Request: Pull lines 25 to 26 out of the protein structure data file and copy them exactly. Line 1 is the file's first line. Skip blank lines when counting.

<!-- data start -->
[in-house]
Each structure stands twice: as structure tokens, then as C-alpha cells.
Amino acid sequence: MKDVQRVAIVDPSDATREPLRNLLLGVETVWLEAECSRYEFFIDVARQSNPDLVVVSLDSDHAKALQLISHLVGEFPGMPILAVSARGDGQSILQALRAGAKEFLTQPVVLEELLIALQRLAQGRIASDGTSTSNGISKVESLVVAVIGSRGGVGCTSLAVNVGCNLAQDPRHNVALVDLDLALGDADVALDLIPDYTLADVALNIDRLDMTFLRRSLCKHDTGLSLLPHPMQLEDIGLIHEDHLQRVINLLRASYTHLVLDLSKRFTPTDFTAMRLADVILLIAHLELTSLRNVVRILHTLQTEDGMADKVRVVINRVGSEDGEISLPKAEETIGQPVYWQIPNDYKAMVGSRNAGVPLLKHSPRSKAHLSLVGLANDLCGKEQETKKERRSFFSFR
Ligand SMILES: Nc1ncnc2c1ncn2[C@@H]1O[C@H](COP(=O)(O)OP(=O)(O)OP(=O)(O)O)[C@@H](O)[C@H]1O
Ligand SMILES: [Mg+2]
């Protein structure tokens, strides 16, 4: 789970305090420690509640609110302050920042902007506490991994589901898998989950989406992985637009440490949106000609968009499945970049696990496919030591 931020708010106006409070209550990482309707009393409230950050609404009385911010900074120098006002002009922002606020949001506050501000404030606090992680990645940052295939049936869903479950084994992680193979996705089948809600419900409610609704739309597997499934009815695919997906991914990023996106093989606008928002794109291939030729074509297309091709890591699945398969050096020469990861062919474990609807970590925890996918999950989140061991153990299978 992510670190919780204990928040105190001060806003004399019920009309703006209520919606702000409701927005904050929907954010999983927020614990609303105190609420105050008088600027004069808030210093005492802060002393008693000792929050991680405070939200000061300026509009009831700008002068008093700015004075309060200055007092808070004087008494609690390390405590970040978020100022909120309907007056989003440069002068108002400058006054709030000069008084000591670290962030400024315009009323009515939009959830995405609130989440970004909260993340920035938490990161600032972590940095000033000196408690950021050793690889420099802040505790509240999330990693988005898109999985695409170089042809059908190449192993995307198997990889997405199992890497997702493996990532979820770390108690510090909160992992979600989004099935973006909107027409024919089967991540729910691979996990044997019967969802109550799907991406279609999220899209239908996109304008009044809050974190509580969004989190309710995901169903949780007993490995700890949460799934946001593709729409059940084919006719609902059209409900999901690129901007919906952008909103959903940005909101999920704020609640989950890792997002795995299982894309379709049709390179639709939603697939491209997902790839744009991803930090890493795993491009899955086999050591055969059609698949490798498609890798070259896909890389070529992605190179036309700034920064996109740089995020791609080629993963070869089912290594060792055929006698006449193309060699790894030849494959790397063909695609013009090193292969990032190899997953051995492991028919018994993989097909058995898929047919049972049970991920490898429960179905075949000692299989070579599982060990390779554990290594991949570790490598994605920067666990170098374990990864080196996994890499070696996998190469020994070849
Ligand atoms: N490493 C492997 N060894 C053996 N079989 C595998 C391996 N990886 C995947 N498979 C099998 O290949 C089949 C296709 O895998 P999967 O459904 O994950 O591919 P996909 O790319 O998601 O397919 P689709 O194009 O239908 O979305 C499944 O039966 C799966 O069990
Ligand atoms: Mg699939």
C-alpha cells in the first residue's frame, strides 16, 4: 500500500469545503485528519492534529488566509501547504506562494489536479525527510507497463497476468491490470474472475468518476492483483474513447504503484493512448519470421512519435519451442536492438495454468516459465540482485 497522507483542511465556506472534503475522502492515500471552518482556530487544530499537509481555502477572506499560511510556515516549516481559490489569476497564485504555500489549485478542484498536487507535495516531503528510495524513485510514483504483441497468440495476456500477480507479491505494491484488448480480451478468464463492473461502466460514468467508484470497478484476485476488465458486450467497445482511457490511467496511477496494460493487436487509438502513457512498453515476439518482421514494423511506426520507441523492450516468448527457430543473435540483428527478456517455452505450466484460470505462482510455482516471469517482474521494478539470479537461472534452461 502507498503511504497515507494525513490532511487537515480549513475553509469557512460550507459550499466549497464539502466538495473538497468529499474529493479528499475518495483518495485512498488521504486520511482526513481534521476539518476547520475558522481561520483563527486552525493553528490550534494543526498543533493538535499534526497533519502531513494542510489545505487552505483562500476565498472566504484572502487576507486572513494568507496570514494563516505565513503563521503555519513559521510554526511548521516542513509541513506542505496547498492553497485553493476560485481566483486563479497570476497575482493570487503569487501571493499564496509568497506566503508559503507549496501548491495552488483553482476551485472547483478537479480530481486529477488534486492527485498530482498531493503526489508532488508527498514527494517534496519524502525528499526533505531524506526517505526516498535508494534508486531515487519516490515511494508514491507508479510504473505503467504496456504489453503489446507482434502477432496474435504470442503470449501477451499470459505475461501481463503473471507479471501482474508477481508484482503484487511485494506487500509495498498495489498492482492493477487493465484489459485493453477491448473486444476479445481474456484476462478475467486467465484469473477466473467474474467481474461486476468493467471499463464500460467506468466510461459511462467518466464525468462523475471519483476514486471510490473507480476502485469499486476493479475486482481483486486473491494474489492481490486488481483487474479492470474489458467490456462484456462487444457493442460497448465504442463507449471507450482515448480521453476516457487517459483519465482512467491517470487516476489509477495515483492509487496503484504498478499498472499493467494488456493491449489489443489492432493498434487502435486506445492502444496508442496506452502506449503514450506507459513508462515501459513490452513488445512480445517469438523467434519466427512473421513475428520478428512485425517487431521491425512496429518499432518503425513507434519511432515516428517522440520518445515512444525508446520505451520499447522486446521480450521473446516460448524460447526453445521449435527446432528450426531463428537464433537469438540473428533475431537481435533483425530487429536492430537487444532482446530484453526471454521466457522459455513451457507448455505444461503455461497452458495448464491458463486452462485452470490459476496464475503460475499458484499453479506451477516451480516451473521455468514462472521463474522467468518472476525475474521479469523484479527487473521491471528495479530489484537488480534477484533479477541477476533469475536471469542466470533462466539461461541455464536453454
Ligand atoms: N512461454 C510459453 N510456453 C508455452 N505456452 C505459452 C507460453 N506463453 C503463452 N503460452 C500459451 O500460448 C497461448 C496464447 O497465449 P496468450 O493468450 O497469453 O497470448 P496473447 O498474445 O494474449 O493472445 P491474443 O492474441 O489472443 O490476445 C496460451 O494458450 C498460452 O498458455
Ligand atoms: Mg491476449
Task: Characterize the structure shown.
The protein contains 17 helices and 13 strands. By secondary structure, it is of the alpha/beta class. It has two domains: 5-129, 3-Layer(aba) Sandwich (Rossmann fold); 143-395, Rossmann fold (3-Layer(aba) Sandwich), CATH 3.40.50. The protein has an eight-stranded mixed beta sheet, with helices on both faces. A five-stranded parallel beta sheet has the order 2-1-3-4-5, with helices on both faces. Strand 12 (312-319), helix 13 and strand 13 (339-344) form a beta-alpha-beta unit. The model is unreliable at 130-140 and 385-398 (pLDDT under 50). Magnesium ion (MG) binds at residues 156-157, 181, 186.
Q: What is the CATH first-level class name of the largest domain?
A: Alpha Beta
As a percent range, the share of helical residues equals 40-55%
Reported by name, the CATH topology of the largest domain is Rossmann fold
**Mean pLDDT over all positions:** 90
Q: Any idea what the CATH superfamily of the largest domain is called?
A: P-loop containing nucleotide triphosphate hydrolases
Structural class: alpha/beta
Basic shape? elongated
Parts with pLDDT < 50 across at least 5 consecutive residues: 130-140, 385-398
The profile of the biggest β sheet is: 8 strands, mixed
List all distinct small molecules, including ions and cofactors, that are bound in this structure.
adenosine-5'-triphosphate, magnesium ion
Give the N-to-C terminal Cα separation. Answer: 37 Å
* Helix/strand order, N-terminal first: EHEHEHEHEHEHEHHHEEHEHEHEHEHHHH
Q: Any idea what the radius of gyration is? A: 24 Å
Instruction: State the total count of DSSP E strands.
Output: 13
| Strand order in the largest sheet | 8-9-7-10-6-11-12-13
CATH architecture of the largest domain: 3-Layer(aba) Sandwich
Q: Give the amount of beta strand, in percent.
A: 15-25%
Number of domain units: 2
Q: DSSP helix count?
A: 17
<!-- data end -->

List all distinct small molecules, including ions and cofactors, that are bound in this structure.
adenosine-5'-triphosphate, magnesium ion